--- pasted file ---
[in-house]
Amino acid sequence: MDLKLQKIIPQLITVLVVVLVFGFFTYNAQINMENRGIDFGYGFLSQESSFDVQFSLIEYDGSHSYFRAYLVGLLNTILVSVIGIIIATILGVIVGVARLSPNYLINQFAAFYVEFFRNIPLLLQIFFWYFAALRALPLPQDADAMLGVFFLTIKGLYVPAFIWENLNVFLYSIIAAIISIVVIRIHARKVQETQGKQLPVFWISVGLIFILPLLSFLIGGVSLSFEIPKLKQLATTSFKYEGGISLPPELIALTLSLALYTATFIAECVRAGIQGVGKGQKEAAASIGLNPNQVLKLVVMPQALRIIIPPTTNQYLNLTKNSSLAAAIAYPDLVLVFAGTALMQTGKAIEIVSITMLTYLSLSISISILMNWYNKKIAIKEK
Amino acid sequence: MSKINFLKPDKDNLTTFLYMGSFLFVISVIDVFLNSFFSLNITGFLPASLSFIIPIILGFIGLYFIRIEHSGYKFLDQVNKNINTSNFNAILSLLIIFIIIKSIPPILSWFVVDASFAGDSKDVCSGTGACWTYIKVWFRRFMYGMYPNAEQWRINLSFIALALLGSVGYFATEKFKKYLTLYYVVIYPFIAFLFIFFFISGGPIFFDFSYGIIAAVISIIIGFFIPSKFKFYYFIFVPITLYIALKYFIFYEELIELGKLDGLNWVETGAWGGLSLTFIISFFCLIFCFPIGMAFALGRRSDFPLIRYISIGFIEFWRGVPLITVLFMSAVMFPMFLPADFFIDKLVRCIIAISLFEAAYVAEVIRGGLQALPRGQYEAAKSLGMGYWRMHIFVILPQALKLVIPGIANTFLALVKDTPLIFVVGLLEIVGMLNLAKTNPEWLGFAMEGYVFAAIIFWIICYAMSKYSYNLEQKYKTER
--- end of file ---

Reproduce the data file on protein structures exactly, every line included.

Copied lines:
[in-house]
Amino acid sequence: MDLKLQKIIPQLITVLVVVLVFGFFTYNAQINMENRGIDFGYGFLSQESSFDVQFSLIEYDGSHSYFRAYLVGLLNTILVSVIGIIIATILGVIVGVARLSPNYLINQFAAFYVEFFRNIPLLLQIFFWYFAALRALPLPQDADAMLGVFFLTIKGLYVPAFIWENLNVFLYSIIAAIISIVVIRIHARKVQETQGKQLPVFWISVGLIFILPLLSFLIGGVSLSFEIPKLKQLATTSFKYEGGISLPPELIALTLSLALYTATFIAECVRAGIQGVGKGQKEAAASIGLNPNQVLKLVVMPQALRIIIPPTTNQYLNLTKNSSLAAAIAYPDLVLVFAGTALMQTGKAIEIVSITMLTYLSLSISISILMNWYNKKIAIKEK
Amino acid sequence: MSKINFLKPDKDNLTTFLYMGSFLFVISVIDVFLNSFFSLNITGFLPASLSFIIPIILGFIGLYFIRIEHSGYKFLDQVNKNINTSNFNAILSLLIIFIIIKSIPPILSWFVVDASFAGDSKDVCSGTGACWTYIKVWFRRFMYGMYPNAEQWRINLSFIALALLGSVGYFATEKFKKYLTLYYVVIYPFIAFLFIFFFISGGPIFFDFSYGIIAAVISIIIGFFIPSKFKFYYFIFVPITLYIALKYFIFYEELIELGKLDGLNWVETGAWGGLSLTFIISFFCLIFCFPIGMAFALGRRSDFPLIRYISIGFIEFWRGVPLITVLFMSAVMFPMFLPADFFIDKLVRCIIAISLFEAAYVAEVIRGGLQALPRGQYEAAKSLGMGYWRMHIFVILPQALKLVIPGIANTFLALVKDTPLIFVVGLLEIVGMLNLAKTNPEWLGFAMEGYVFAAIIFWIICYAMSKYSYNLEQKYKTER